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London's changing: investigating 'super-rich' neighbourhoods

Gated community

Despite public interest in growing social inequality and the media’s fascination with the super- rich, the areas where this group lives and their broader social impact have never been the subject of detailed research.

Now sociologists at the University of York and Goldsmiths University are leading an interdisciplinary study of ‘elite’ enclaves in London – the so-called alpha territory. The research will focus extensive research effort on a range of super-wealthy localities in London.

The study will combine geodemographic and statistical data analysis with detailed ethnographic and interview based case study work in up to six selected neighbourhood.

Dr Rowland Atkinson, Reader in Urban Studies and Criminology in the Centre for URBan Research (CURB) in the Department of Sociology at York says: “The timing of the project is significant, not only are many people more interested in questions of inequality and wealth but it is also clear that London is undergoing rapid social and economic change as a result of international wealth pouring-in via the property market.

The main aim of this research is to examine the life and wider role of ‘elite’ neighbourhoods - locales inhabited by the very affluent and what geodemographers have recently come to term the 'alpha territory'

Dr Rowland Atkinson

“Understanding these changes is important. For example, attractive and safe spaces for captains of industry, senior figures in political and non-government organisations are often regarded as markers of urban vitality and the foundation of social networks that help the broader glue of civic and political society.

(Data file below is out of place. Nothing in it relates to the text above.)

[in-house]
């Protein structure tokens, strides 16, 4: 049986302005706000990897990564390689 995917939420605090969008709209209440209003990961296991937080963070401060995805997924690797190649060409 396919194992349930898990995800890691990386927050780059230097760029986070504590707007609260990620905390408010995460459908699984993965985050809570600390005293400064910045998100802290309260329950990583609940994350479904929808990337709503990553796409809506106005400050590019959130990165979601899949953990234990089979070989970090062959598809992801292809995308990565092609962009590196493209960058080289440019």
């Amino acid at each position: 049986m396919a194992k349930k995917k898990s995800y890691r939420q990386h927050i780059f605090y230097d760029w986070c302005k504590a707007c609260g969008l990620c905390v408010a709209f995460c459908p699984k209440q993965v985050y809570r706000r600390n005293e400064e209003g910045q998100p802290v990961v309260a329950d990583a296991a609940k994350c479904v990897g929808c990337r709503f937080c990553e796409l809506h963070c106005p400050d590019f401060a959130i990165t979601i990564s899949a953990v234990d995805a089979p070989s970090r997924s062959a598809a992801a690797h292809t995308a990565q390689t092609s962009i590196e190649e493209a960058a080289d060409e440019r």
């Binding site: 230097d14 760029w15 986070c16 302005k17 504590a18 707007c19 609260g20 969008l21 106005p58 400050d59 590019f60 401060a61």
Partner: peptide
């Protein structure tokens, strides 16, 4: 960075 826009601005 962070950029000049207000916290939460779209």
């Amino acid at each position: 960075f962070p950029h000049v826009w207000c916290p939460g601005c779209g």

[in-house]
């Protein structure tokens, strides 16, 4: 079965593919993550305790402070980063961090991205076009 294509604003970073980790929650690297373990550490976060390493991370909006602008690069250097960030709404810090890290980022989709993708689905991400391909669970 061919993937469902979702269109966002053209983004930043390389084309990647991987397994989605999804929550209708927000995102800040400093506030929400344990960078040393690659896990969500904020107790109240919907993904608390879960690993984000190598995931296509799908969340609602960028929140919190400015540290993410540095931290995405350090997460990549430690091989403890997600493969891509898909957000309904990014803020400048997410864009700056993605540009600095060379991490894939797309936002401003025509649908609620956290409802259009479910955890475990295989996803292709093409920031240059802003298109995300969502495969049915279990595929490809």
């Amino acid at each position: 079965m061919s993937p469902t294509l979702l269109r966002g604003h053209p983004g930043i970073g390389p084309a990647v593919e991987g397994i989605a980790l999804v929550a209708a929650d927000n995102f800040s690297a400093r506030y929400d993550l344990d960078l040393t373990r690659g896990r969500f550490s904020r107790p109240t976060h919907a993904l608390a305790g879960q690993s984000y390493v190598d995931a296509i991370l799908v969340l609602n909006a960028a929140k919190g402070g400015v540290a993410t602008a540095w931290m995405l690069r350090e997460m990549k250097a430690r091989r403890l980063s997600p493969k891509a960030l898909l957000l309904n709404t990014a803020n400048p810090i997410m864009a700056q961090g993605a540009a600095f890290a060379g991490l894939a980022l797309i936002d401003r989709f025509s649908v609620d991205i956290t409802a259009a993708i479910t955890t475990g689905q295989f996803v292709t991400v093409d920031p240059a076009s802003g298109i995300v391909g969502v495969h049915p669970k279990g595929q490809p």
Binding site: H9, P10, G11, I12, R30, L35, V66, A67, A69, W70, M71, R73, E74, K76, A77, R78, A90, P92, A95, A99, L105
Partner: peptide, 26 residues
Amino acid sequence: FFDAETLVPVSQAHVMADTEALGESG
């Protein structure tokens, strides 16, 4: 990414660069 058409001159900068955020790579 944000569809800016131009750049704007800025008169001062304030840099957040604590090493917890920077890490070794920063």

“Yet we know very little about how such neighbourhoods operate, who they attract and how they are linked to other cities and neighbourhoods globally. The main aim of this research is to examine the life and wider role of ‘elite’ neighbourhoods - locales inhabited by the very affluent and what geodemographers have recently come to term the 'alpha territory'.”

Drawing on earlier work, the research team suggests that the upper-tier of income groups living in cities tend to exploit particular forms of service provision such as education, cultural life and personal services but are distanced from the flow of urban social life and civic life of cities more generally.

The new research will profile a select group of the most affluent neighbourhoods in the UK to understand more about them and to develop clearer and evidenced positions on the urban life and society of the super-rich.

The research team, led by Dr Atkinson at York and Professor Roger Burrows at Goldsmiths, have identified a set of locations containing wealthy and influential individuals including business people, bankers, senior managers in industry, top lawyers, surgeons or civil servants as well as celebrities in sport, the arts and entertainment’. Such locations cover just 3.5 per cent of all households and 4.3 per cent of all individuals in Britain but are concentrated in the London area.

The researchers will study suggestions of increasing spatial retreat by the affluent; emerging forms of self-segregation; social insulation from what are perceived to be ‘risky’ urban environments; a rising physical defensiveness to the homes and neighbourhoods of the very wealthy. They will focus on whether the wealthy elite are interested in civic life and cultural amenities.

They want to explore the extent and forms of attachment (if any) that wealthy individuals and households have to specific neighbourhoods and urban centres. This will involve looking at the importance of attachment to neighbourhood in ‘holding’ the rich ‘in place’ and assessing the degree to which the wealthy are embedded in local social networks.

Dr Atkinson said: “We believe that the result of our work will be a unique series of datasets from which the public, policymakers and academic commentators can learn more about these spaces, the social networks within and beyond them, and their role within contemporary city life more broadly.”

 The research is due for completion in early 2015 though a series of working papers and articles will be generated during the life of the project.

The full team involves Rowland Atkinson at the Centre for URBan Research (CURB) at the University of York, Professors Roger Burrows and Caroline Knowles at Goldsmiths, Tim Butler and Richard Webber at KCL and Mike Savage at the LSE. Contact rowland.atkinson@york.ac.uk

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